"Yeah, we did that a lot yesterday."
OK, because I know there's word out of Philadelphia, 'Hey, he didn't vary it last year and they are varying it this year and we like that better.'
"We varied it. I think everybody in the league does."
How have DT DeForest Buckner and DL Arik Armstead looked so far in the offseason program just with a couple of days left?
"They've done a really nice job, but it's very difficult to evaluate either lines because we don't have pads on. So, one of the toughest things for those guys. And we talked about it and I talked about it again yesterday morning, was there has to be a collaboration between them, because it doesn't help if they are throwing guys into other people. Now there's a pile up or guys are on the ground. We want to stay up. Obviously the offensive linemen to prevent being thrown off a block have to come out with more force, but we don't have pads on. So, that's not what this part of the season is all about. It's really assignment alignment. Are they in the right spots? Are they doing the right things? But, then there's some cooperation where you'll see us say, 'I know you could have made a play there, but you pulled out of it because we don't want people down.' I think if you watch probably the best guy in the secondary is [S] Antoine Bethea, he's had ample opportunity to probably separate a guy from the ball, but just kind of pulls out of it because we don't have pads on. And that's part of what this time of year is and who can really practice that way. Who can control their bodies enough and are athletic enough to be able to go full speed and then kind of pull out of it? I think both DeForest and Arik have done a really nice job. They are obviously very comfortable with [defensive line coach] Jerry [Azzinaro]. Azz has coached them, so they have an understanding of how he works and what he's trying to do. Anything that we have here that was different than when they were in Oregon, and there's a lot, because we've got a lot of other pieces to it, Azz can bridge that gap. 'We did it this way, we're moving to this, we called it like this, but now we are calling it like this.' It helps that he's got that familiarity with those guys."
You'll get a better evaluation once you get those pads on in training camp?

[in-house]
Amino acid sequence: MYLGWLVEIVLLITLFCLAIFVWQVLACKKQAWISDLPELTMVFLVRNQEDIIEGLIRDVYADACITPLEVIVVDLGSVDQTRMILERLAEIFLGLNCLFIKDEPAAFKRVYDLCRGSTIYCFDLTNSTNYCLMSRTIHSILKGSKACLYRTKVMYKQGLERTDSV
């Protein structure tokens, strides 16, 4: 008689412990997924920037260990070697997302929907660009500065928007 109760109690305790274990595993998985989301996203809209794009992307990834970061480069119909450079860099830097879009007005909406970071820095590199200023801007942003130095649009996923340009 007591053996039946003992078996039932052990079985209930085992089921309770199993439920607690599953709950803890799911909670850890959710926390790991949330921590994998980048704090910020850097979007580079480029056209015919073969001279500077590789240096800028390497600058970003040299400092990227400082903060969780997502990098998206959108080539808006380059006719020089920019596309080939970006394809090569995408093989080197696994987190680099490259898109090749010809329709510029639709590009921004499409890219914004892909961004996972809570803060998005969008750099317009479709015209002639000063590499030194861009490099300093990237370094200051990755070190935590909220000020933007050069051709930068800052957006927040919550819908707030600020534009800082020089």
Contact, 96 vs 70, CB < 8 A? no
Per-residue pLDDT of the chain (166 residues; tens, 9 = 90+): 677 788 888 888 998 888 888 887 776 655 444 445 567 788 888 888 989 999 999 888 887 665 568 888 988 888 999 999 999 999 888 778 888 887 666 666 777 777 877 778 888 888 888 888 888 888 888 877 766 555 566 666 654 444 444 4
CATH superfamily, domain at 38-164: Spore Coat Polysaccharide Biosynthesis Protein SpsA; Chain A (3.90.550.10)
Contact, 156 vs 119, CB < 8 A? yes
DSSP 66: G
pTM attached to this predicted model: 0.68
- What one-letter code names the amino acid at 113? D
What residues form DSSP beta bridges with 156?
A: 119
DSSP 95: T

"Yeah, with all those guys, especially both sides of the line. That's the two sides that until we get to August, are we really going to get a determination of how they fit in terms of what we want."
G Joshua Garnett was saying yesterday that while he was away, he would get the video and go to practice on his own at Stanford. How did he look out here and where do you think he's mentally at?
"Well, I think the biggest thing is he didn't stand out. So, usually you stand out in those situations because you're going the wrong way or the right guard's going right and everybody else is going left. I think he fit in really well. He played both sides yesterday. I think [offensive line coach Pat Flaherty] Flats used him at right and left. But, you could tell that he's worked in his time away at the football aspect of things. So, that was impressive."
Coach Azzinaro likes to use the sled, obviously, in practice. Have you seen the benefits of that once you do start putting pads on in the past and those guys are used to hitting things?
"I have. I think wherever he's been, I think his D-Line is known for technique and how well they use their hands. To me, there's a direct correlation between how much they use the sled and full speed work on the sled. You obviously can't do it against other bodies because of the injury factor, but you can do it on a sled. I think there's a direct correlation and you see it with how good our guys have been in their hand placement."
You talk about Bethea being able to standout out here on defense. Is there somebody on offense that's caught your eye--?
"Well, a lot of guys. [T] Joe [Staley] has. I think it's the older players right now. Joe Staley has done a great job. [G/C Daniel] Kilgore has done a really nice job at center. [WR] Torrey [Smith] at outside receiver. I think the group of tight ends with [TE Garrett] Celek and [TE Vance] McDonald have done a really good job. [RB] Carlos [Hyde] and [RB] Shaun Draughn have done a good job at the running back position. So, again, it's still, to make full evaluations now it's difficult because what we're doing right now isn't what we're going to be doing in the fall. But, it's just kind of laying the foundation is what we're trying to do right now and they've all done a really good job with that."
What have you seen from Carlos Hyde just out of the backfield as a receiver?
"He's got really, really good hands. So, I think that's the first thing. He made a really nice catch yesterday in the flats on a difficult throw but kind of came up with it. It's interesting from someone that size and that has that skillset as a guy coming out of the backfield. So, it's certainly something we need to continue to build upon with him."
In the running game, is it similar to what you said with the line, without pads you're just looking for alignment and fits?
"Yeah. You can't run real power schemes if you're down blocking and then trying to kick out a defensive end. The defensive end's not just got to let the guard take him and throw him into next week. So, a lot of times we're not running a ton of plays where there's a lot of high speed collisions that would go on right now just because we don't have pads and it's not fair to kind of simulate that."
Do you anticipate CB Dontae Johnson to return to practice this week?
"I don't know exactly from that standpoint, but I know [vice president of football operations Jeff Ferguson] Ferg says he's doing a really nice job and should be back shortly. I just couldn't give you will it be today or tomorrow."
What's your impression been of CB Rashard Robinson and CB Keith Reaser, guys who have also played some outside at that spot?